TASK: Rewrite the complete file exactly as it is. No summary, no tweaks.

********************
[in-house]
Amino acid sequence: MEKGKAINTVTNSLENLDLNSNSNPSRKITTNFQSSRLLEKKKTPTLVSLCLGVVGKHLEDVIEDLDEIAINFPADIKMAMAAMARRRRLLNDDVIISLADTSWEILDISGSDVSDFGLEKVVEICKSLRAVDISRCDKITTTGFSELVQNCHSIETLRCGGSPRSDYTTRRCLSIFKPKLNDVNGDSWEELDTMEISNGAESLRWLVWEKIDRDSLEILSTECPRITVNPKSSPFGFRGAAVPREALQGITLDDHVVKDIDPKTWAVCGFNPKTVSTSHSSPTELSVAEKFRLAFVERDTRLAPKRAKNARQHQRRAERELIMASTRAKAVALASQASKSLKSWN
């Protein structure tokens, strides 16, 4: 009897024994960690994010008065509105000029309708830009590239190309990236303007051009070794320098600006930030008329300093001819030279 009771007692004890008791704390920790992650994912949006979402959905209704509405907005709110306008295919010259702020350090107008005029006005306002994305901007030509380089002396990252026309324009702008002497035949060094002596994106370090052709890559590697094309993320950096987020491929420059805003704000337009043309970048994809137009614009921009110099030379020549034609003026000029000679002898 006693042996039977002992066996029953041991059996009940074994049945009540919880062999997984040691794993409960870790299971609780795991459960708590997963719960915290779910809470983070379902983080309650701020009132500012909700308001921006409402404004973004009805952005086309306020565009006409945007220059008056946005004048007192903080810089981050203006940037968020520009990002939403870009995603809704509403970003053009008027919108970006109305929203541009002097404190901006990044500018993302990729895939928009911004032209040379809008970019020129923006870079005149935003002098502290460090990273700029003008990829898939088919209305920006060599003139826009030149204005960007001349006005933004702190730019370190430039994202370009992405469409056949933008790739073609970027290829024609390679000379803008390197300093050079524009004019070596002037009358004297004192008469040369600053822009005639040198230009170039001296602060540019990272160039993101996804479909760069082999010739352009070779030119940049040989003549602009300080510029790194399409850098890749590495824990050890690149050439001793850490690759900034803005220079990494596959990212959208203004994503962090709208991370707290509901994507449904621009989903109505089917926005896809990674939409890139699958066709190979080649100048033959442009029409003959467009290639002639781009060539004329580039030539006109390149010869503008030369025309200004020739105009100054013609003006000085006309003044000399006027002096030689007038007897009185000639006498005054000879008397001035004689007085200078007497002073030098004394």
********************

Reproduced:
[in-house]
Amino acid sequence: MEKGKAINTVTNSLENLDLNSNSNPSRKITTNFQSSRLLEKKKTPTLVSLCLGVVGKHLEDVIEDLDEIAINFPADIKMAMAAMARRRRLLNDDVIISLADTSWEILDISGSDVSDFGLEKVVEICKSLRAVDISRCDKITTTGFSELVQNCHSIETLRCGGSPRSDYTTRRCLSIFKPKLNDVNGDSWEELDTMEISNGAESLRWLVWEKIDRDSLEILSTECPRITVNPKSSPFGFRGAAVPREALQGITLDDHVVKDIDPKTWAVCGFNPKTVSTSHSSPTELSVAEKFRLAFVERDTRLAPKRAKNARQHQRRAERELIMASTRAKAVALASQASKSLKSWN
């Protein structure tokens, strides 16, 4: 009897024994960690994010008065509105000029309708830009590239190309990236303007051009070794320098600006930030008329300093001819030279 009771007692004890008791704390920790992650994912949006979402959905209704509405907005709110306008295919010259702020350090107008005029006005306002994305901007030509380089002396990252026309324009702008002497035949060094002596994106370090052709890559590697094309993320950096987020491929420059805003704000337009043309970048994809137009614009921009110099030379020549034609003026000029000679002898 006693042996039977002992066996029953041991059996009940074994049945009540919880062999997984040691794993409960870790299971609780795991459960708590997963719960915290779910809470983070379902983080309650701020009132500012909700308001921006409402404004973004009805952005086309306020565009006409945007220059008056946005004048007192903080810089981050203006940037968020520009990002939403870009995603809704509403970003053009008027919108970006109305929203541009002097404190901006990044500018993302990729895939928009911004032209040379809008970019020129923006870079005149935003002098502290460090990273700029003008990829898939088919209305920006060599003139826009030149204005960007001349006005933004702190730019370190430039994202370009992405469409056949933008790739073609970027290829024609390679000379803008390197300093050079524009004019070596002037009358004297004192008469040369600053822009005639040198230009170039001296602060540019990272160039993101996804479909760069082999010739352009070779030119940049040989003549602009300080510029790194399409850098890749590495824990050890690149050439001793850490690759900034803005220079990494596959990212959208203004994503962090709208991370707290509901994507449904621009989903109505089917926005896809990674939409890139699958066709190979080649100048033959442009029409003959467009290639002639781009060539004329580039030539006109390149010869503008030369025309200004020739105009100054013609003006000085006309003044000399006027002096030689007038007897009185000639006498005054000879008397001035004689007085200078007497002073030098004394």